The strategy backfired. She graduated in 2008, right as the economy soured. She ended up working temp jobs. Today, she owes more than $250,000 in student loans, she said, and can’t grab the type of high-paying job she needs to rapidly pay off her debt.
“It gets really exhausting to realize that so much time and energy has gone into something so worthless,” she said.
She is among the hundreds of lawyers in the Twin Cities working on temporary contracts reviewing documents in big corporate cases.
The work is tedious and unreliable, she said. Projects end without warning, and typical hourly pay has actually dropped from about $26 per hour to $22 per hour in the past five years.
Each morning her first move is to check her phone to see if she still has a job. Her last contract ended suddenly at the beginning of December and she didn’t find work again for a month.
As time between contracts added up, Macheel earned only about $30,000 in 2014.
She got married just before Christmas and relied on an online deal for a wedding in Las Vegas because she and her husband didn’t think they could afford a local wedding hall with all the trappings. “We got a Groupon,” she said.
Holzschuh, the truck driver, is also an artist who paints oil cityscapes. He lives east of Lake Harriet in Minneapolis and drops in on Golden Leaf, the decades-old cigar shop on Lake Street. Still, as he prepared to spend a January night in the back of a semi cab on the North Shore, he couldn’t shake the sense that the economy isn’t working for normal people, for blue-collar people.
A generation ago, he says, his dad worked at 3M and never had to work overtime. Holzschuh recently started driving a truck on Saturdays to cover his bills. “I’m up to six days a week now,” he said. “It’s to make sure I make the money to survive.”
The same forces that have weighed down wages also have driven down the cost of key household goods.
Since 1973, the number of hours the average factory laborer must work to afford a washing machine, dishwasher or dryer has fallen by more than half for each good, according to analysis by Mark Perry, an economist at the University of Michigan-Flint.
Meanwhile, some companies are raising wages for rank-and-file workers, for a mix of altruistic and business reasons.
In January, Aetna, a health insurer based in Connecticut, announced that it would raise its pay floor to $16 an hour, a move that lifted salaries for 5,700 employees.
Retailers such as Trader Joe’s, Costco, QuikTrip and the Spanish grocery store Mercadona also have raised pay for their workers.
In the Twin Cities, Punch Neapolitan Pizza raised its wage floor in 2013 to $10 an hour, and increased pay for pizza chefs, managers and general managers, a move that brought attention from the White House.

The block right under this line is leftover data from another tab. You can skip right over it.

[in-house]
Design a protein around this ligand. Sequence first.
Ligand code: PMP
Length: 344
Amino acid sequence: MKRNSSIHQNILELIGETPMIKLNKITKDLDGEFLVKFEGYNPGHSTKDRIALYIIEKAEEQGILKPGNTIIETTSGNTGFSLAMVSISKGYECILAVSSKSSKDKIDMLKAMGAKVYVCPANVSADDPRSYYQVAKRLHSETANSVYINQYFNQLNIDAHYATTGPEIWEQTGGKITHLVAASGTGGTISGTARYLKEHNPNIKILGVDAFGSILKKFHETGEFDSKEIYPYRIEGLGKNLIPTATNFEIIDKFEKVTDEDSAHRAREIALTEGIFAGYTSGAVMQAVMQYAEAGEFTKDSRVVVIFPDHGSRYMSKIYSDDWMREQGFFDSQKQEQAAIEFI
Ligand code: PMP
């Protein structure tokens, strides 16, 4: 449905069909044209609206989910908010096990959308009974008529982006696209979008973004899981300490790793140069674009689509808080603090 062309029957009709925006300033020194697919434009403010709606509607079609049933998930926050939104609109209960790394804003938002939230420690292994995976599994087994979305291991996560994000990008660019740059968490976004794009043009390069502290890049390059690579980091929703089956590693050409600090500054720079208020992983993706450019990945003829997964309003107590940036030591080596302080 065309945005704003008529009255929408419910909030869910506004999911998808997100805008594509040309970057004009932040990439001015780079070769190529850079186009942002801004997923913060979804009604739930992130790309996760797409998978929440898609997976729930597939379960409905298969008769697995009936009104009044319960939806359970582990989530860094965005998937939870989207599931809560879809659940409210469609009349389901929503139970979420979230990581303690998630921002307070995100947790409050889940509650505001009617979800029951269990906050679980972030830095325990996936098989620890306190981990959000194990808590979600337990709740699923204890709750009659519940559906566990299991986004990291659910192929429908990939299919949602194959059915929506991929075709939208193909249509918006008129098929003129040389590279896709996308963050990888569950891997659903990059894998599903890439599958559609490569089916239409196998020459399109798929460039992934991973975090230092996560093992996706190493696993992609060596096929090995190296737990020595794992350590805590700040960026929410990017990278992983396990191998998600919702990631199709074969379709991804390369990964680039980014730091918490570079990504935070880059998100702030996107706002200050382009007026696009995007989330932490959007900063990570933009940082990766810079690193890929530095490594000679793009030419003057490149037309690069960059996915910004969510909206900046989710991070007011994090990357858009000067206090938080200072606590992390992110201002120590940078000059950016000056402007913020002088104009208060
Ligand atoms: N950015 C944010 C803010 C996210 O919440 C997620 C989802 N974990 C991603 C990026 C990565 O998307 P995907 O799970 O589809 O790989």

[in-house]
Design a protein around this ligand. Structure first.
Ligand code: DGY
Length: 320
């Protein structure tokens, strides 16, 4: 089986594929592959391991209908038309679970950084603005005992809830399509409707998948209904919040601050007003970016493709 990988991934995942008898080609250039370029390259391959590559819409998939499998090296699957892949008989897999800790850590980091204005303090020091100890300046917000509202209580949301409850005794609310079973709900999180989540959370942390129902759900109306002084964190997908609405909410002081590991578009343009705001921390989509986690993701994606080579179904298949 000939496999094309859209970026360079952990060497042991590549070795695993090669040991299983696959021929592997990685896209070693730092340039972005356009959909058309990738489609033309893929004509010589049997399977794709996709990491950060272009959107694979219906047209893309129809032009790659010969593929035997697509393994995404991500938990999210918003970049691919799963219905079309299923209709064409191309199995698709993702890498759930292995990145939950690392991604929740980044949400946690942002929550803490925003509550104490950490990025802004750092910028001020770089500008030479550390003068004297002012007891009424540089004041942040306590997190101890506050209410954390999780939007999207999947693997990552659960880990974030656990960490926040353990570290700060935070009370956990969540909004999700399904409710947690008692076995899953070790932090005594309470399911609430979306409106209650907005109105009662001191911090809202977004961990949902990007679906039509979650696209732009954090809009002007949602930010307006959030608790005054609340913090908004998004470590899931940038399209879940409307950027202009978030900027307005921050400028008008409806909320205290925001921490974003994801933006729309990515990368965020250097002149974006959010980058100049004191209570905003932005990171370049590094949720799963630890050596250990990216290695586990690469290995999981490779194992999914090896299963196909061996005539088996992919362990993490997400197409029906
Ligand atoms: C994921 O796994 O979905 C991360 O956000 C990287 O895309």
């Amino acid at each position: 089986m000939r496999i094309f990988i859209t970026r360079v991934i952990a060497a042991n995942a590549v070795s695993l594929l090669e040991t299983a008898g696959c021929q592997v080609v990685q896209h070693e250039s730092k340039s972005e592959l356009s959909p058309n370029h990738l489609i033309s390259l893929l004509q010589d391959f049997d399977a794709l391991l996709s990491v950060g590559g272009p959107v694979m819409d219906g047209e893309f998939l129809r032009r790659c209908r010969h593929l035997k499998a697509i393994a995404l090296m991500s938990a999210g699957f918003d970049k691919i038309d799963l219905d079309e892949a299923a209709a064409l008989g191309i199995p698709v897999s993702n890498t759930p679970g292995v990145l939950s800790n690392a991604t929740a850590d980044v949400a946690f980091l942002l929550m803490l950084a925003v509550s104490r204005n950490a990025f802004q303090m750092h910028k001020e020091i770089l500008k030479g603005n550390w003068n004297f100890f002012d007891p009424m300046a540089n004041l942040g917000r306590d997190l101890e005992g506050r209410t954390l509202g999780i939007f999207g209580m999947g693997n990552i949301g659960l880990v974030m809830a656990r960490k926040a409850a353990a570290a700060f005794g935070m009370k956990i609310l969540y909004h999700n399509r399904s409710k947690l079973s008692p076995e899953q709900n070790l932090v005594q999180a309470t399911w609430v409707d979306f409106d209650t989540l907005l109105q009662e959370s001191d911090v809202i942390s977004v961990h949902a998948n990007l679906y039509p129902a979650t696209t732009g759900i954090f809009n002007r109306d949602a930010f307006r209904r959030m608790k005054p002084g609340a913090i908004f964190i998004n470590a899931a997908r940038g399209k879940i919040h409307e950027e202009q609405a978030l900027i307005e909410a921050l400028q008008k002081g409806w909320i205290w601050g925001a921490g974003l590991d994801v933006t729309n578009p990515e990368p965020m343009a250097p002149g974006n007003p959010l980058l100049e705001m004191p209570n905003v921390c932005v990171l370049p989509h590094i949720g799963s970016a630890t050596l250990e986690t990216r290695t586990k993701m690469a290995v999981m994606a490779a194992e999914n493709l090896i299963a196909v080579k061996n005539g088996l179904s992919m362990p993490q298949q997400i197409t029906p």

“We’ll always be ahead of what the standard minimum wage is,” John Puckett, the firm’s co-owner, said last week.
The pizza joint has nine locations now, with 300 employees. Puckett still views raising wages as a long-term investment in the people who do the company’s work, even though the decision eroded the firm’s profit by $3 million.
“At Punch we talk about a triangle — profit, people and quality,” Puckett said. “They’ve all got to be balanced.”
He would like to see a larger movement toward better wages for front-line workers, but he said the financial pressure to hold down labor costs, especially for publicly traded companies, is difficult to overcome.
“I don’t know if I see a groundswell,” he said. “But there’s definitely leaders out there.”
In nearly two decades of working in warehouses for various companies, Mark Pilman’s pay hasn’t risen.
The 36-year-old in recent years mostly worked through staffing agencies, and he started a job last week that pays $10.75 per hour. “It’s a job, but I feel I’m worth more than $10.75 an hour,” Pilman said.
Firms don’t have to pay more because there are plenty of workers to choose from, he said.
“Companies don’t want to pay for health insurance. They use you until they don’t need you any more. And then they get rid of you,” he said.
In 2011, he went to community college to study architectural technology, because he wanted to get out of warehouse work. He earned a two-year degree, but the timing wasn’t right. Construction had ground to a halt. He couldn’t get a job without experience. He couldn’t get experience without a job.
He and his fiancée have two sons, ages 2 and 7, and they live in an apartment in Coon Rapids. They plan to get married next month. He’s interviewing for a job drawing blueprints.
If Pilman can get this job at an architecture firm, it would be a big boost. They want to buy a house for more space.
“I never got this far,” Pilman said. “So we’ll see what happens.”